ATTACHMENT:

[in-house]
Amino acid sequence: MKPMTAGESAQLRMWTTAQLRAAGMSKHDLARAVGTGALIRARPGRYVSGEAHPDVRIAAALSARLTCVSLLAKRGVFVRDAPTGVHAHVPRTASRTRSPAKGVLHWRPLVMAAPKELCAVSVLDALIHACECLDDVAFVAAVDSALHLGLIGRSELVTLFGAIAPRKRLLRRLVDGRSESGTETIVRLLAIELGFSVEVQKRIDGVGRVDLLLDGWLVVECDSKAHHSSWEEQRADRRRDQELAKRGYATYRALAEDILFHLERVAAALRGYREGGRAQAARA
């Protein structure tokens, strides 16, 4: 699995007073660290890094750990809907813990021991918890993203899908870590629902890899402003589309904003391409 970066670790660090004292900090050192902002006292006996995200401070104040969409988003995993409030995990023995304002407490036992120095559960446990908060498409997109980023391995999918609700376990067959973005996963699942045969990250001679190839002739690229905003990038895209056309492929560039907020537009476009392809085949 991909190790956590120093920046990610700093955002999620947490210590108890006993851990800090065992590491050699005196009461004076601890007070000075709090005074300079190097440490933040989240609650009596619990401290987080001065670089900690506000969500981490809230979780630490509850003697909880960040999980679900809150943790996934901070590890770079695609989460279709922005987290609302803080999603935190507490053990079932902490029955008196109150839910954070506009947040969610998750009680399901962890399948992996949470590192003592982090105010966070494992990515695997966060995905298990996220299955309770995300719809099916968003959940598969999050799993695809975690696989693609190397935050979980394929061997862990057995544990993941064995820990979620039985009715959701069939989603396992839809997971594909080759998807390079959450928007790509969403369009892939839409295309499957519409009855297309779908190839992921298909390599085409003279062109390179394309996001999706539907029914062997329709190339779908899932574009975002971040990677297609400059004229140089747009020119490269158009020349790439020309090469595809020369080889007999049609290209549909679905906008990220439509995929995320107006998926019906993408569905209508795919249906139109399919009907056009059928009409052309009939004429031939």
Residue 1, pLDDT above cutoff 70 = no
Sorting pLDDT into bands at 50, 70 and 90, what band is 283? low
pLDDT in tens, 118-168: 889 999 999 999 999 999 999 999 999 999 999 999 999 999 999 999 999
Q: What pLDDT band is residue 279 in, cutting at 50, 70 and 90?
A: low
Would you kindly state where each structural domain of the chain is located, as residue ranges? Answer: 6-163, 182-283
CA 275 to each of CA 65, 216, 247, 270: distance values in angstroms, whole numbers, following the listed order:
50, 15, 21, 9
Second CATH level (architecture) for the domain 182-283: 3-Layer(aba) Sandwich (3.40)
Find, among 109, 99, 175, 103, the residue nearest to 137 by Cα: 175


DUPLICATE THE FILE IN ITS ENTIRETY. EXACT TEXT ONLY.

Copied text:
[in-house]
Amino acid sequence: MKPMTAGESAQLRMWTTAQLRAAGMSKHDLARAVGTGALIRARPGRYVSGEAHPDVRIAAALSARLTCVSLLAKRGVFVRDAPTGVHAHVPRTASRTRSPAKGVLHWRPLVMAAPKELCAVSVLDALIHACECLDDVAFVAAVDSALHLGLIGRSELVTLFGAIAPRKRLLRRLVDGRSESGTETIVRLLAIELGFSVEVQKRIDGVGRVDLLLDGWLVVECDSKAHHSSWEEQRADRRRDQELAKRGYATYRALAEDILFHLERVAAALRGYREGGRAQAARA
């Protein structure tokens, strides 16, 4: 699995007073660290890094750990809907813990021991918890993203899908870590629902890899402003589309904003391409 970066670790660090004292900090050192902002006292006996995200401070104040969409988003995993409030995990023995304002407490036992120095559960446990908060498409997109980023391995999918609700376990067959973005996963699942045969990250001679190839002739690229905003990038895209056309492929560039907020537009476009392809085949 991909190790956590120093920046990610700093955002999620947490210590108890006993851990800090065992590491050699005196009461004076601890007070000075709090005074300079190097440490933040989240609650009596619990401290987080001065670089900690506000969500981490809230979780630490509850003697909880960040999980679900809150943790996934901070590890770079695609989460279709922005987290609302803080999603935190507490053990079932902490029955008196109150839910954070506009947040969610998750009680399901962890399948992996949470590192003592982090105010966070494992990515695997966060995905298990996220299955309770995300719809099916968003959940598969999050799993695809975690696989693609190397935050979980394929061997862990057995544990993941064995820990979620039985009715959701069939989603396992839809997971594909080759998807390079959450928007790509969403369009892939839409295309499957519409009855297309779908190839992921298909390599085409003279062109390179394309996001999706539907029914062997329709190339779908899932574009975002971040990677297609400059004229140089747009020119490269158009020349790439020309090469595809020369080889007999049609290209549909679905906008990220439509995929995320107006998926019906993408569905209508795919249906139109399919009907056009059928009409052309009939004429031939």
Residue 1, pLDDT above cutoff 70 = no
Sorting pLDDT into bands at 50, 70 and 90, what band is 283? low
pLDDT in tens, 118-168: 889 999 999 999 999 999 999 999 999 999 999 999 999 999 999 999 999
Q: What pLDDT band is residue 279 in, cutting at 50, 70 and 90?
A: low
Would you kindly state where each structural domain of the chain is located, as residue ranges? Answer: 6-163, 182-283
CA 275 to each of CA 65, 216, 247, 270: distance values in angstroms, whole numbers, following the listed order:
50, 15, 21, 9
Second CATH level (architecture) for the domain 182-283: 3-Layer(aba) Sandwich (3.40)
Find, among 109, 99, 175, 103, the residue nearest to 137 by Cα: 175